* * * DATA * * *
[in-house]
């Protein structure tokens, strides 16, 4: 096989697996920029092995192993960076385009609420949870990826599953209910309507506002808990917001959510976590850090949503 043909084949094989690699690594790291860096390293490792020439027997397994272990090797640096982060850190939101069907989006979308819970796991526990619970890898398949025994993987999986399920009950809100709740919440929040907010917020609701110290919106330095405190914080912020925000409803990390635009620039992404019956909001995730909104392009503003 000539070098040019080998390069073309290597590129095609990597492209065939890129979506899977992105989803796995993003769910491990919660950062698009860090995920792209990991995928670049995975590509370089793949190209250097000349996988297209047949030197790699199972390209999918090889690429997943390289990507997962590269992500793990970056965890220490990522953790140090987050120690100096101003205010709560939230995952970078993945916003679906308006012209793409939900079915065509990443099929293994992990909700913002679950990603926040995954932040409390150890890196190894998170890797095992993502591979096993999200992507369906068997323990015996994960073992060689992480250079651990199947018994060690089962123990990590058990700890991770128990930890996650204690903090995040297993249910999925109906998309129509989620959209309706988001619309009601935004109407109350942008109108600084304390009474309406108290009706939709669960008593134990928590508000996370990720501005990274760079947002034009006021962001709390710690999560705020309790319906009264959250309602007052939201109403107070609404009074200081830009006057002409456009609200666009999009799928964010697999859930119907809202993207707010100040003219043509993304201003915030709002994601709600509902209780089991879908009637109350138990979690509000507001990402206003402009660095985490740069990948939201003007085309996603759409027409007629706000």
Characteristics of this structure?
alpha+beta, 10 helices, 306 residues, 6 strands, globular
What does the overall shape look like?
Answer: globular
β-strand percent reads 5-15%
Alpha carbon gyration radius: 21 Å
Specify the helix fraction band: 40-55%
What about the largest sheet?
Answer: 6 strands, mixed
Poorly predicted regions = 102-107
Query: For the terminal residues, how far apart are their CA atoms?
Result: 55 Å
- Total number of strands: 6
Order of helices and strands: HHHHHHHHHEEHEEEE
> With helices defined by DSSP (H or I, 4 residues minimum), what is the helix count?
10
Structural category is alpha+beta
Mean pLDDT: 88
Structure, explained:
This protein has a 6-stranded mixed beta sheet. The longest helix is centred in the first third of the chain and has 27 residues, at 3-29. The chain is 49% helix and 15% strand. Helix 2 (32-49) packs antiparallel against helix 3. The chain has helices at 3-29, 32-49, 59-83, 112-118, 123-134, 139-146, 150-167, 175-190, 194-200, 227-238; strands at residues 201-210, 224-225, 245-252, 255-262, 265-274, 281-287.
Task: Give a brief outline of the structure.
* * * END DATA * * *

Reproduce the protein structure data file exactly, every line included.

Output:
[in-house]
């Protein structure tokens, strides 16, 4: 096989697996920029092995192993960076385009609420949870990826599953209910309507506002808990917001959510976590850090949503 043909084949094989690699690594790291860096390293490792020439027997397994272990090797640096982060850190939101069907989006979308819970796991526990619970890898398949025994993987999986399920009950809100709740919440929040907010917020609701110290919106330095405190914080912020925000409803990390635009620039992404019956909001995730909104392009503003 000539070098040019080998390069073309290597590129095609990597492209065939890129979506899977992105989803796995993003769910491990919660950062698009860090995920792209990991995928670049995975590509370089793949190209250097000349996988297209047949030197790699199972390209999918090889690429997943390289990507997962590269992500793990970056965890220490990522953790140090987050120690100096101003205010709560939230995952970078993945916003679906308006012209793409939900079915065509990443099929293994992990909700913002679950990603926040995954932040409390150890890196190894998170890797095992993502591979096993999200992507369906068997323990015996994960073992060689992480250079651990199947018994060690089962123990990590058990700890991770128990930890996650204690903090995040297993249910999925109906998309129509989620959209309706988001619309009601935004109407109350942008109108600084304390009474309406108290009706939709669960008593134990928590508000996370990720501005990274760079947002034009006021962001709390710690999560705020309790319906009264959250309602007052939201109403107070609404009074200081830009006057002409456009609200666009999009799928964010697999859930119907809202993207707010100040003219043509993304201003915030709002994601709600509902209780089991879908009637109350138990979690509000507001990402206003402009660095985490740069990948939201003007085309996603759409027409007629706000």
Characteristics of this structure?
alpha+beta, 10 helices, 306 residues, 6 strands, globular
What does the overall shape look like?
Answer: globular
β-strand percent reads 5-15%
Alpha carbon gyration radius: 21 Å
Specify the helix fraction band: 40-55%
What about the largest sheet?
Answer: 6 strands, mixed
Poorly predicted regions = 102-107
Query: For the terminal residues, how far apart are their CA atoms?
Result: 55 Å
- Total number of strands: 6
Order of helices and strands: HHHHHHHHHEEHEEEE
> With helices defined by DSSP (H or I, 4 residues minimum), what is the helix count?
10
Structural category is alpha+beta
Mean pLDDT: 88
Structure, explained:
This protein has a 6-stranded mixed beta sheet. The longest helix is centred in the first third of the chain and has 27 residues, at 3-29. The chain is 49% helix and 15% strand. Helix 2 (32-49) packs antiparallel against helix 3. The chain has helices at 3-29, 32-49, 59-83, 112-118, 123-134, 139-146, 150-167, 175-190, 194-200, 227-238; strands at residues 201-210, 224-225, 245-252, 255-262, 265-274, 281-287.
Task: Give a brief outline of the structure.